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Why Do So Many Instructors/Announcers Insist Golfers Push Off Their Trail Leg?


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14 minutes ago, Elmer said:

I just got over foot problems and now you want me to practice with cheap flip flops?????
next you will tell me to put a tuck under my right foot!

I am nowhere near graceful enough to ever be compared to a "flower off of a cherry blossom tree at the end of spring."

But thanks for advice!

I am sure you got the joke but then didn't see an emoji so not taking any chances. To be clear -  I... am...kidding....! 😁

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Vishal S.

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Well, I think it's just left over axioms.

I did a self study the past summer, right or wrong, it has helped ME.

I am 69 years old and was losing distance.  For 50 something years I played 8 iron as 152....or so.  I was down to about 138, so I went to work to regain some speed.

To shorten the story and get to the subject, I discovered I needed to load the trail side fully to get an AUTOMATIC trigger to start the downswing.  It had become a gamble.

With the trail side loaded, the trail leg outer calf muscle were in full tension as well as the muscle running up into the thigh beside the knee.  The target side knee was pulled in just inside the lead foot and the outside calf muscles were stretched.

Kinda like Hogan said, the body was cocked. Unlike a rifle or firearm there is no trigger sear, so the trigger in the golf swing is a dynamic.

A compilation of all of the "loaded" muscles gave ME a dynamic trigger to "GO"

The trail leg REACTED by unleashing the pent up pressures as well as the lead leg creating a slight weight shift to the lead leg and a bit of lateral slide(for lack of better term).  To do this, the trail foot has to be firmly planted.  If you have a gimpy trail foot, you may not be able to make that transition real firmly, hence not being able to "push off" with the trail foot.  Not so much a push off, but a firm anchor.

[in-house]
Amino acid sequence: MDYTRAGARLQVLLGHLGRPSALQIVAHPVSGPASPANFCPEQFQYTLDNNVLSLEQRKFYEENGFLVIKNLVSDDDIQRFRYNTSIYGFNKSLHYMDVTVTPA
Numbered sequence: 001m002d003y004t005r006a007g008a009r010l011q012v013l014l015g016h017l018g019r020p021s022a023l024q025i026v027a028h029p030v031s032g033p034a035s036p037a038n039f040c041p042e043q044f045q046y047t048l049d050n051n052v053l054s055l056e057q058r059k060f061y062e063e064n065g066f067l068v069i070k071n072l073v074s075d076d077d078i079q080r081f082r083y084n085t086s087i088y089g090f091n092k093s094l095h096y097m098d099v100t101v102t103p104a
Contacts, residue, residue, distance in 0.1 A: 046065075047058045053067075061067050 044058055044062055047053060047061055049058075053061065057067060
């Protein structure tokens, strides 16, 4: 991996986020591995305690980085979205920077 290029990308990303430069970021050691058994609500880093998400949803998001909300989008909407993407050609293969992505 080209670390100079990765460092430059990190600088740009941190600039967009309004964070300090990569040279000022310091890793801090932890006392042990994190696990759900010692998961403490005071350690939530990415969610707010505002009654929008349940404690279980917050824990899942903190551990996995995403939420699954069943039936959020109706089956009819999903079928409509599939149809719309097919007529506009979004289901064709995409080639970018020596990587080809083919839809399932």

Edited by dufferifick
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To answer the OP. Because they are intellectually lazy and go back to old adages instead of getting correct takes on the golf swing. Most announcers are not experts in understanding biomechanics of the golf swing. 

I believe if you are transitioning correctly, then the back leg does little to nothing in terms of bracing or pushing off the ground. 

Rory at A5-ish. He has loaded heavily on his lead leg. To push off, you need to prep that by pressing down into the ground to push against. Stand straight legged and try to push off the ground. You can only do that by doing a calf raise, with the ankle. If you want to do a vertical jump, you have to load the legs by squatting down. In the image below, Rory has much more flex in his lead leg (loaded), than his trail leg. 

image.png

Rory at impact. He has extended his lead leg, and you can still see some flex in his trail leg (signs of not pushing off). You can still see his right foot in banking inward. It doesn't make sense to push off with the trail leg, when the right foot then banks inward (losing contact with the ground) and rotates up to the toe due to the leg being pulled forward from the hip to the toe by rotation and weight shift. 

image.png

Rory post impact. You can see how loose his leg is here. Really, his right leg is very passive in the golf swing. It is just being dragged along for the ride. If he pushed off, he would be fully extended, like his lead leg. 

image.png

Yea, like in the other thread, the biomechanics of a good golf swing is such that the trail leg is not a mechanism to push off of. The trail leg is very passive.

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4 minutes ago, saevel25 said:

To answer the OP. Because they are intellectually lazy and go back to old adages instead of getting correct takes on the golf swing. Most announcers are not experts in understanding biomechanics of the golf swing. 

I believe if you are transitioning correctly, then the back leg does little to nothing in terms of bracing or pushing off the ground. 

Rory at A5-ish. He has loaded heavily on his lead leg. To push off, you need to prep that by pressing down into the ground to push against. Stand straight legged and try to push off the ground. You can only do that by doing a calf raise, with the ankle. If you want to do a vertical jump, you have to load the legs by squatting down. In the image below, Rory has much more flex in his lead leg (loaded), than his trail leg. 

image.png

Rory at impact. He has extended his lead leg, and you can still see some flex in his trail leg (signs of not pushing off). You can still see his right foot in banking inward. It doesn't make sense to push off with the trail leg, when the right foot then banks inward (losing contact with the ground) and rotates up to the toe due to the leg being pulled forward from the hip to the toe by rotation and weight shift. 

 

Yea, like in the other thread, the biomechanics of a good golf swing is such that the trail leg is not a mechanism to push off of. The trail leg is very passive.